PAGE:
British researchers have devised a wall-melting machine capable of inducing hallucinations. There are no drugs involved but participants reported visual hallucinations akin to those induced by LSD or psilocybin (magic mushrooms).

An example of the original scene (top left) and Deep-Dreamed scenes (top right, bottom left and right). Credit; Scientific Reports.

An example of the original scene (top left) and Deep-Dreamed scenes (top right, bottom left and right). Credit; Scientific Reports.

The experimental setup consists of a virtual reality platform into which scientists plugged in Google’s creepy DeepDream — a neural network mainly designed to identify features in images but which also, as a by-product, does the equivalent of ‘dreaming’ for robots.

Subscribe to our newsletter and receive our new book for FREE
Join 50,000+ subscribers vaccinated against pseudoscience
Download NOW
By subscribing you agree to our Privacy Policy. Give it a try, you can unsubscribe anytime.

Researchers at Sussex University’s Sackler Centre for Consciousness Science in the UK asked the 12 volunteers to strap on the virtual reality headset into which panoramic natural landscapes were streamed. At one point, the scientists hit the switch for DeepDream which produced “biologically realistic visual hallucinations.”

After the mind-bending experience, each participant had to fill out a questionnaire describing the whole thing. They were asked questions like whether they felt a loss of control or a loss of their sense of self, and whether they saw patterns and colors. This is how the team found that the induced hallucinations were very much similar to those caused by psilocybin, the active ingredient in ‘magic mushrooms’.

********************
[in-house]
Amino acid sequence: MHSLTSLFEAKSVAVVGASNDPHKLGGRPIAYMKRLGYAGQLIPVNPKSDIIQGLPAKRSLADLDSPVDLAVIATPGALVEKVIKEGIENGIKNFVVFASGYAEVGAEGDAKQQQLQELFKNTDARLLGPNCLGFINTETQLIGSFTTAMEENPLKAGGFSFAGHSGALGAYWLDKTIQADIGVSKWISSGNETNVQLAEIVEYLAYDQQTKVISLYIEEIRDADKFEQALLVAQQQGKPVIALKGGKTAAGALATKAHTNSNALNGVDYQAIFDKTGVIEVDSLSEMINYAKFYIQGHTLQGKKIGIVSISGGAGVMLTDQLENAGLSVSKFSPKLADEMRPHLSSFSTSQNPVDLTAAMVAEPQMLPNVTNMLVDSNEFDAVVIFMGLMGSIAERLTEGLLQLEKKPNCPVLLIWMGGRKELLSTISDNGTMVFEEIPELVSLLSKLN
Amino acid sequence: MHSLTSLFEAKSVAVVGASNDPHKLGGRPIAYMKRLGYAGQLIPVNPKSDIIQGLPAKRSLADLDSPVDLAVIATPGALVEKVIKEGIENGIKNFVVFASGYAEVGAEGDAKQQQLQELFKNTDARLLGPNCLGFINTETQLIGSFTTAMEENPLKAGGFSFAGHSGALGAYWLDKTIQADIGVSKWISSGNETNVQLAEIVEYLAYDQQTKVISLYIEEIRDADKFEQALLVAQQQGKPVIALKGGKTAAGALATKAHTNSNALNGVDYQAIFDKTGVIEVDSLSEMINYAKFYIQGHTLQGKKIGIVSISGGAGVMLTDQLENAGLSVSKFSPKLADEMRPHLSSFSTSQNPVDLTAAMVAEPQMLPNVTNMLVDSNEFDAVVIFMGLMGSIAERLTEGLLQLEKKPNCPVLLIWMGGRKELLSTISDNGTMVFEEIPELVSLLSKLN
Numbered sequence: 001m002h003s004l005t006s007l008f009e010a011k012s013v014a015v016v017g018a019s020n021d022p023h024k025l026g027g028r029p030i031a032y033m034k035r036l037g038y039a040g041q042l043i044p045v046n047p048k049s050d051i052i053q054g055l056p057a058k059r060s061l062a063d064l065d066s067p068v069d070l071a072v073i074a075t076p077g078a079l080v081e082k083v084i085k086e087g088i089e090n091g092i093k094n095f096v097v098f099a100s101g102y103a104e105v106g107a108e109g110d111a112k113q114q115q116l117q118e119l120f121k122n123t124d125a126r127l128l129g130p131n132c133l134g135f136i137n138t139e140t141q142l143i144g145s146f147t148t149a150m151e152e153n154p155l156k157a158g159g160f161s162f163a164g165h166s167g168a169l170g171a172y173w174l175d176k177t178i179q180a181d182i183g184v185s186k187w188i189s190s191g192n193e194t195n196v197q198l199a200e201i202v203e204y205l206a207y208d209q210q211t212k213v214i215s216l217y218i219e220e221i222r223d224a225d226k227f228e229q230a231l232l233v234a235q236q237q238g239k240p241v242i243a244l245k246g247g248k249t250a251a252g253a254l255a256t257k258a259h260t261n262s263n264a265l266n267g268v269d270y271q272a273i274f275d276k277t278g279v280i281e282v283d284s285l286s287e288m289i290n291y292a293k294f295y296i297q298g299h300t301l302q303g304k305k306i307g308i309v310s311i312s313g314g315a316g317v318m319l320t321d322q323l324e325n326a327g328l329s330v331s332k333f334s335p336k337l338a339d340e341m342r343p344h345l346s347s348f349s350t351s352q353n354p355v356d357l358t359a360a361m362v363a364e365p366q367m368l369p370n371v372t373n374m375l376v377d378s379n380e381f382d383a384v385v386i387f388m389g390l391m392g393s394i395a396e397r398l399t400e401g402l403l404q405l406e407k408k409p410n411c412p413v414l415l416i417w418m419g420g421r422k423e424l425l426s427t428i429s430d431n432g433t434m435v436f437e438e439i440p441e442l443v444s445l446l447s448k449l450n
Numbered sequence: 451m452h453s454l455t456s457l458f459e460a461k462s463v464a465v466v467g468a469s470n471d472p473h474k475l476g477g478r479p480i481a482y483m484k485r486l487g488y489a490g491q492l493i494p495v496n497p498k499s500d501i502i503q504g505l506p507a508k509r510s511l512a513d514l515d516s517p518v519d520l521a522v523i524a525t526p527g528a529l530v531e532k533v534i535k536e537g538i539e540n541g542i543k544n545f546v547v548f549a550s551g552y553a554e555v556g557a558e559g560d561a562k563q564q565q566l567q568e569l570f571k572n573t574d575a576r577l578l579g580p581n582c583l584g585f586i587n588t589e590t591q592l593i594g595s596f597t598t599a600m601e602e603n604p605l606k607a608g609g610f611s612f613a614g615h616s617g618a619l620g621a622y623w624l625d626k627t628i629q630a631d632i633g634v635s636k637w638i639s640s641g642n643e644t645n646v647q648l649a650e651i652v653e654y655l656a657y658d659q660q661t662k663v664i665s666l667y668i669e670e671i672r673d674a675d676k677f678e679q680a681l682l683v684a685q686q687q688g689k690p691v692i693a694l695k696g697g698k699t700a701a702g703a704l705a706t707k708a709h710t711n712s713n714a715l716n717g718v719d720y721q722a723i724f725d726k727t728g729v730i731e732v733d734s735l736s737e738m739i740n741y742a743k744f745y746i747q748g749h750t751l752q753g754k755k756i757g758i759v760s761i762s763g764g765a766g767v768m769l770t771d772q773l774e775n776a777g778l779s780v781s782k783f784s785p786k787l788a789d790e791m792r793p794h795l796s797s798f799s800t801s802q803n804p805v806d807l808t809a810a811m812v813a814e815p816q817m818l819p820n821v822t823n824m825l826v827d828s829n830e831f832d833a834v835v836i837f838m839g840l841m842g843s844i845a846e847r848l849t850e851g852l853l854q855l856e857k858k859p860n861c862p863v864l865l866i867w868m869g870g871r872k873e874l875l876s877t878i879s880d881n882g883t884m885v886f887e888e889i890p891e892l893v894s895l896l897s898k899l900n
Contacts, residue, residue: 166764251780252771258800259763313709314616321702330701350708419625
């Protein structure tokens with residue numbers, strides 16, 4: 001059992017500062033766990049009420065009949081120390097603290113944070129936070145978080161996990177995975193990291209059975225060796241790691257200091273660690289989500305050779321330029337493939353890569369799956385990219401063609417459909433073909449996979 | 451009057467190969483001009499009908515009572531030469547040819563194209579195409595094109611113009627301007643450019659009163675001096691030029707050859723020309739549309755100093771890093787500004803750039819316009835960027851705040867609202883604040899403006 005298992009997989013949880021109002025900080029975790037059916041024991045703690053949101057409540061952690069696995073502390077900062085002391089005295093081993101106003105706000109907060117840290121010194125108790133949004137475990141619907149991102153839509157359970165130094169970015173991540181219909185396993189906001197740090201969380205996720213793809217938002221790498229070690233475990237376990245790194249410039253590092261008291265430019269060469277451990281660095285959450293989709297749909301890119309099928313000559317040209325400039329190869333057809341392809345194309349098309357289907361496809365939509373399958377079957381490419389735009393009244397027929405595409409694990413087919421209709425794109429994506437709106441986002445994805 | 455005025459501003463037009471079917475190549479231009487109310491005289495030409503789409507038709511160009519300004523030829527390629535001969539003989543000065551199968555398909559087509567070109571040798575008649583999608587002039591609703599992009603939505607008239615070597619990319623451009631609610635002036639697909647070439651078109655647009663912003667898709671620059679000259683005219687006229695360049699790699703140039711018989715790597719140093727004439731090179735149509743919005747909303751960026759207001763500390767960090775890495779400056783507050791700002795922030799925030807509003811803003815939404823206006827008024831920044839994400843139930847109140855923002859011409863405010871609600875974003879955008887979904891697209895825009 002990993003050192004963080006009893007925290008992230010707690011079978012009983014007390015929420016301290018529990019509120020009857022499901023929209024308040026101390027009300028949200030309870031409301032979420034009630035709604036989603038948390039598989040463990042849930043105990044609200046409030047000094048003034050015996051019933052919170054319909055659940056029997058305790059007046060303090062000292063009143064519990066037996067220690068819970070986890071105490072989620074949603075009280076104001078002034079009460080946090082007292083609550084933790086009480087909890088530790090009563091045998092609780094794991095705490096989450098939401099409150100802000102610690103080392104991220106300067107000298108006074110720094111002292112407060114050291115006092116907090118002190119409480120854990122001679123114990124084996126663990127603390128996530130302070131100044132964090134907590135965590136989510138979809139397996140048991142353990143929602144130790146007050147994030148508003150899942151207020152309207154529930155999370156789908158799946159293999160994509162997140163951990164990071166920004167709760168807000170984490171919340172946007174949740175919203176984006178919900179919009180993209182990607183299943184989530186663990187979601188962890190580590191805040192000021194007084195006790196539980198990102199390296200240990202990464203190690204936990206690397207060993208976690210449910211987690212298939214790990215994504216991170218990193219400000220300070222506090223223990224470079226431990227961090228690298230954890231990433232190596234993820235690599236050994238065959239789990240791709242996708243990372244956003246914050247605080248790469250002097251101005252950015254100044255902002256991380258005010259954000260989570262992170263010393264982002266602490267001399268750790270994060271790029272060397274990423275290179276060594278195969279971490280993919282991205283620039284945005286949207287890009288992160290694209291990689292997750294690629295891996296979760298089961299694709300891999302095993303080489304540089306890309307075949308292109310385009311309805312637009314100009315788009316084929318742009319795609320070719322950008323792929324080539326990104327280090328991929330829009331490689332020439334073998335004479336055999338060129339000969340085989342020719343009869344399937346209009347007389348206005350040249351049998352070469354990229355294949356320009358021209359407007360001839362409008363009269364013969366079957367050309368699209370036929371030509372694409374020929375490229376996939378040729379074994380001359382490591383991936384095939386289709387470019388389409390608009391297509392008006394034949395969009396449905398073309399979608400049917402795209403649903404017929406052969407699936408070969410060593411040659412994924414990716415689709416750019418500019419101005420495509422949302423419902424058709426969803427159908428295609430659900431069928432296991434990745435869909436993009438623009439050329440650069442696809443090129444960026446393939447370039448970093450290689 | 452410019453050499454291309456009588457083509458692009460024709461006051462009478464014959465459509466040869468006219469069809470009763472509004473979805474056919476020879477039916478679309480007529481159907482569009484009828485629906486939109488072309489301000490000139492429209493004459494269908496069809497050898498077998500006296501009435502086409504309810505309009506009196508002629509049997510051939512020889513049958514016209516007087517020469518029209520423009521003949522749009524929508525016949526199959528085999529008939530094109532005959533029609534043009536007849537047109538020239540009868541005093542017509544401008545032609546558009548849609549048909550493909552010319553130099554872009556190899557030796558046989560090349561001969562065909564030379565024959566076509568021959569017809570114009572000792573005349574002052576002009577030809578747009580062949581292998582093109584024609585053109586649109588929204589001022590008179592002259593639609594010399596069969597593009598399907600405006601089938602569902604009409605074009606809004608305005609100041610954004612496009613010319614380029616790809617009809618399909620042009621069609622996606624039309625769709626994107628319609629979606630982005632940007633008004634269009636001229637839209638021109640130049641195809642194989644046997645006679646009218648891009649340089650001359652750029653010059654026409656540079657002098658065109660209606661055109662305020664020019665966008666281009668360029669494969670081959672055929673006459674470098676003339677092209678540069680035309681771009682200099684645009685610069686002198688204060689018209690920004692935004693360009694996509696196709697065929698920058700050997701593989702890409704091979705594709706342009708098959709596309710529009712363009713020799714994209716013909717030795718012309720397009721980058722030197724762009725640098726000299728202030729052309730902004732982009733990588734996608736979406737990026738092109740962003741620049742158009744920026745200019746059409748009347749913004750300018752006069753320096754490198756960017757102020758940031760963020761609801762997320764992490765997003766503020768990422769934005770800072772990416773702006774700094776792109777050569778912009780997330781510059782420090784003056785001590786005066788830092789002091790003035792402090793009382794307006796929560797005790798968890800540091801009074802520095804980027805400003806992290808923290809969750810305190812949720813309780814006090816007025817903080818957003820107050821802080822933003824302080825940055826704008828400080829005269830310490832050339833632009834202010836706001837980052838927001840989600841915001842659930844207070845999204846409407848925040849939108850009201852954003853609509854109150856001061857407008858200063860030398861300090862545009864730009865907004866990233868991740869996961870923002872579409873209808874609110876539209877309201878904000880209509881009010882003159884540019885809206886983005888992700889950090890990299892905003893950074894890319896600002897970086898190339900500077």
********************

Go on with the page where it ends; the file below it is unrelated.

The purpose of this experiment isn’t to trip people out of their minds. What the researchers were going for is isolating the visual effects of hallucinogens sans the chemical alteration of the brain. Because Google DeepDream is basically a pattern interpreter on steroids, the resulting imagery is on overdrive — so much so that the machine starts to ‘imagine’ things that shouldn’t really be there in the first place.

“Unravelling the brain basis of unusual perceptual experiences, like hallucinations, is important both for understanding how normal everyday conscious perception works, and it also sheds new light onto how changes in visual processing in the brain lead to specific kinds of hallucinatory experience,” said Anil Seth, one of the lead researchers on the study published in the journal Scientific Reports.

In a second experiment, 22 participants were questioned about whether they felt any sense of temporal distortion or warped sense of time, another hallmark of hallucinogens. Their responses matched those recorded after watching control videos though. This suggests that the machine can replicate some but not all the effects of psychedelic drugs.

“Overall, the Hallucination Machine provides a powerful new tool to complement the resurgence of research into altered states of consciousness,” conclude the researchers.